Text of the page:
We'd been warned that the next stage was badlands - "Do not go off the road!" - and made haste past industrial estates and enormous lorries to the spectacular sweep of the Richmond Bridge, which Wikipedia tells me is over five miles long.
This was the day that everyone wanted to tell us how cute the Vespas were. The tollbooth attendant on the bridge, when I approached with my fistful of dollars, said "Well hello there! Thank you!" in the kind of voice you'd use for a dog bringing you the newspaper. The Vespa effect, there.
After a stop to buy sandwiches, we left the towns and climbed mountain roads with groups of gentle deer and distant views of jagged, misty pines. We started to descend, and I wondered if we had missed the national park we were supposed to be visiting. A pretty lake crossed by a long, low bridge, then a turnoff down wet and twisting woodland roads. This was the national park! We took the road as high as it went, passing the observatory that had recently been a small white bubble high above and far away, and when the road ran out we parked and walked the rest.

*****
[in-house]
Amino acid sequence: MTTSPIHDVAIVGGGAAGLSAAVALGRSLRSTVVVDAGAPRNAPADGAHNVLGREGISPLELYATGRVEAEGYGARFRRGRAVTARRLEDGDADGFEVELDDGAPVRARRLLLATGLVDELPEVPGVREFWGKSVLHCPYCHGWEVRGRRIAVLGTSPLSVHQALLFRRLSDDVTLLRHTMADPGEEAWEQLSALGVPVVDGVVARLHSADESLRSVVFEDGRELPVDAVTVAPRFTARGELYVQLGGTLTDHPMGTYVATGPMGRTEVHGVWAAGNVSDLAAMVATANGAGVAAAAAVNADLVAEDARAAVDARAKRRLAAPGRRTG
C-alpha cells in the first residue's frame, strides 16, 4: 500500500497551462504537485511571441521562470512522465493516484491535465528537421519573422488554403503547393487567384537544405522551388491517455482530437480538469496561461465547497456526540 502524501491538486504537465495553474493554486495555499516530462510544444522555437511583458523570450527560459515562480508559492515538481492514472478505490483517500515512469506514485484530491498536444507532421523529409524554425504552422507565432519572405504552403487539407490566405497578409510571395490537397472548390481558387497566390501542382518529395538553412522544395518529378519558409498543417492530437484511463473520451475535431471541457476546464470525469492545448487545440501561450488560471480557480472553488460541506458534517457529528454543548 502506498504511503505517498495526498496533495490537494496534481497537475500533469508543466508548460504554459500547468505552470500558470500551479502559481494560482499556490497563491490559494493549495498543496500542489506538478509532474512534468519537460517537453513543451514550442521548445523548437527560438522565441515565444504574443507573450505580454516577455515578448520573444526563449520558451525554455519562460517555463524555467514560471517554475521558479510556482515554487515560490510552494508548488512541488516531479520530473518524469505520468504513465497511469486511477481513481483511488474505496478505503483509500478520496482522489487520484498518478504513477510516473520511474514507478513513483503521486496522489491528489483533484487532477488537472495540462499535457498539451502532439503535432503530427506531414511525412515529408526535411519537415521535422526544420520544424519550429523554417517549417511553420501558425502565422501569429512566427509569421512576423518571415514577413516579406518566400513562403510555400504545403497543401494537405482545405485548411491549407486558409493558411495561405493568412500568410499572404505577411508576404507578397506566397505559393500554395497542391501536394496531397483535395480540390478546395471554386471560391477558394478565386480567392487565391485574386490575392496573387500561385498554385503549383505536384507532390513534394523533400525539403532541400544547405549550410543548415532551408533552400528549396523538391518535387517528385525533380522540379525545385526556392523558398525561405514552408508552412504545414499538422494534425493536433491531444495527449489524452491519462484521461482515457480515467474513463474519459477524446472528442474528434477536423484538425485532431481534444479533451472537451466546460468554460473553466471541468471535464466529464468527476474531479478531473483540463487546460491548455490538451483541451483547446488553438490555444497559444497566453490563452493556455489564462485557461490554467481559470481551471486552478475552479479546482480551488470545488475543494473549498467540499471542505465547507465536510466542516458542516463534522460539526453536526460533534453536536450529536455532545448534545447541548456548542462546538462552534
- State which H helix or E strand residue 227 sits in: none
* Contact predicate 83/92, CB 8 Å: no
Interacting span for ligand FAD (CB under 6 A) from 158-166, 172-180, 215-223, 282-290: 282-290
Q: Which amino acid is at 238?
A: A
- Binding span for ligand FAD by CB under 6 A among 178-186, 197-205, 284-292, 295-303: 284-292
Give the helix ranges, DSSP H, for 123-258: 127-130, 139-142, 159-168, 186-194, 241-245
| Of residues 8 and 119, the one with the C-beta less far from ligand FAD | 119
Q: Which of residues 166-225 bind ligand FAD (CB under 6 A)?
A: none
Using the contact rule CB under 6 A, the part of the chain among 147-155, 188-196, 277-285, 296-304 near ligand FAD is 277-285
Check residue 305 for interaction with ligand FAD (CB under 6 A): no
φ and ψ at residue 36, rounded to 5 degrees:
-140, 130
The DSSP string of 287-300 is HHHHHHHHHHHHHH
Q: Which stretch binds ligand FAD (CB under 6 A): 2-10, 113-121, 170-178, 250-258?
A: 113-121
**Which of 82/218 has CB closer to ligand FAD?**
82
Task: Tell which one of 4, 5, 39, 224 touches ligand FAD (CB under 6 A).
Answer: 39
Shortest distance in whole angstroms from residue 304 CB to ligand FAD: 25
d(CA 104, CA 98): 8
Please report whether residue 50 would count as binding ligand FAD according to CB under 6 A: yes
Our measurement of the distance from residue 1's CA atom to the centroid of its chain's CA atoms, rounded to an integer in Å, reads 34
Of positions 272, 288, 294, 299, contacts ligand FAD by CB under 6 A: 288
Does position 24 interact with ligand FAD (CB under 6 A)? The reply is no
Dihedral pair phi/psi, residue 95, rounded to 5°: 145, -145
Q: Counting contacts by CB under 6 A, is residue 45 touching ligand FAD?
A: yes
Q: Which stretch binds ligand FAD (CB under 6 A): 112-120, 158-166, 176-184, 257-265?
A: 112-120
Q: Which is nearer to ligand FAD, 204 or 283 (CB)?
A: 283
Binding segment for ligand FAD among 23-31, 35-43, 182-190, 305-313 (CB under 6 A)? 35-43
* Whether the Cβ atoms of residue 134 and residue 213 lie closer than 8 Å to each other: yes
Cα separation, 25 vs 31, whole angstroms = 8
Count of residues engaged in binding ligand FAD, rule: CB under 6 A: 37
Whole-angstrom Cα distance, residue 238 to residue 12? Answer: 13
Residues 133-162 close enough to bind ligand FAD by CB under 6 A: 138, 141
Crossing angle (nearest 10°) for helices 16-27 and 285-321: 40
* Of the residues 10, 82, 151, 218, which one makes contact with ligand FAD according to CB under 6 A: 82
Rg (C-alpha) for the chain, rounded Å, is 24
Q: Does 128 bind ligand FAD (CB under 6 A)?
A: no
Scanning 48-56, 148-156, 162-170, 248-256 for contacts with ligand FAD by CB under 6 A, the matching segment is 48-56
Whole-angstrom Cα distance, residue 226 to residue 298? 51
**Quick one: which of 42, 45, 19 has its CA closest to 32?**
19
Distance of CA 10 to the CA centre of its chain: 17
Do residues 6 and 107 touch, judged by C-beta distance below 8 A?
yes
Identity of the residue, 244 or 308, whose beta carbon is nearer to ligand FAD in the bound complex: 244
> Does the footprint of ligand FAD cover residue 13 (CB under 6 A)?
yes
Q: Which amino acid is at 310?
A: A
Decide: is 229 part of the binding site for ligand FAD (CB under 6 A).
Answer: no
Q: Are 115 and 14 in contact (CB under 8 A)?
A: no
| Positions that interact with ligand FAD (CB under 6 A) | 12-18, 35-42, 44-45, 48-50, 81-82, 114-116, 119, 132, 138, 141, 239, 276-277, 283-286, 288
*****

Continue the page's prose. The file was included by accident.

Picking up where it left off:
We'd learned in San Francisco that any walk in the USA is a 'hike', and laughed about it, but this genuinely was, with rocks to scramble over. At last we were at the top - the top of Mount Tamalpais, known affectionately as 'Mount Tam', with views of the Richmond Bridge and as far as San Francisco. We ate our sandwiches and headed back down.
The return trip took in a little of Highway 1, with coastal views and wide open bends that could be attacked in a very different manner to the mountain twisties. Then it was back on the Richmond Bridge, now rush hour busy, and through the towns to Pleasant Hill in the fading light.
When we got in, I told Howard I was so cold I just wanted to sit down under several cats. Fortunately, this could be arranged.
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